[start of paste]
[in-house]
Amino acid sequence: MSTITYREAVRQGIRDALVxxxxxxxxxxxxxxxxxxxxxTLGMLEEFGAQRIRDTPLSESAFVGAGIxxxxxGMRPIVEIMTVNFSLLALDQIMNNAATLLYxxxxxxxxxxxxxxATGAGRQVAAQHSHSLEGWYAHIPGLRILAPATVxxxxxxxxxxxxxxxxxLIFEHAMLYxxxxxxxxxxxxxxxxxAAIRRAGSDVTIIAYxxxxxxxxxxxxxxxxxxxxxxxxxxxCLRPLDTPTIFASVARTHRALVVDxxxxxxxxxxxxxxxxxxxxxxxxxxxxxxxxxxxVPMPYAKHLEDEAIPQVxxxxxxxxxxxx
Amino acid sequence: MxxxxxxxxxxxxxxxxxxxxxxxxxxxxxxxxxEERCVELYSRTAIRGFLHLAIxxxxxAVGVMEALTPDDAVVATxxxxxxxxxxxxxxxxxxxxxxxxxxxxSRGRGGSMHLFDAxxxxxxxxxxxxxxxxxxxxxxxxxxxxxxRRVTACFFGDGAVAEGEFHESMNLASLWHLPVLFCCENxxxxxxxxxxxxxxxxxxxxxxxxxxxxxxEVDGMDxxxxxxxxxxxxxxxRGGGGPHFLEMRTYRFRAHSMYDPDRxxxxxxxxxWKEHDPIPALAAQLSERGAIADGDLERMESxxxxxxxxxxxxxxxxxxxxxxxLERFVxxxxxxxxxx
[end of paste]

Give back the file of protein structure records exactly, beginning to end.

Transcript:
[in-house]
Amino acid sequence: MSTITYREAVRQGIRDALVxxxxxxxxxxxxxxxxxxxxxTLGMLEEFGAQRIRDTPLSESAFVGAGIxxxxxGMRPIVEIMTVNFSLLALDQIMNNAATLLYxxxxxxxxxxxxxxATGAGRQVAAQHSHSLEGWYAHIPGLRILAPATVxxxxxxxxxxxxxxxxxLIFEHAMLYxxxxxxxxxxxxxxxxxAAIRRAGSDVTIIAYxxxxxxxxxxxxxxxxxxxxxxxxxxxCLRPLDTPTIFASVARTHRALVVDxxxxxxxxxxxxxxxxxxxxxxxxxxxxxxxxxxxVPMPYAKHLEDEAIPQVxxxxxxxxxxxx
Amino acid sequence: MxxxxxxxxxxxxxxxxxxxxxxxxxxxxxxxxxEERCVELYSRTAIRGFLHLAIxxxxxAVGVMEALTPDDAVVATxxxxxxxxxxxxxxxxxxxxxxxxxxxxSRGRGGSMHLFDAxxxxxxxxxxxxxxxxxxxxxxxxxxxxxxRRVTACFFGDGAVAEGEFHESMNLASLWHLPVLFCCENxxxxxxxxxxxxxxxxxxxxxxxxxxxxxxEVDGMDxxxxxxxxxxxxxxxRGGGGPHFLEMRTYRFRAHSMYDPDRxxxxxxxxxWKEHDPIPALAAQLSERGAIADGDLERMESxxxxxxxxxxxxxxxxxxxxxxxLERFVxxxxxxxxxx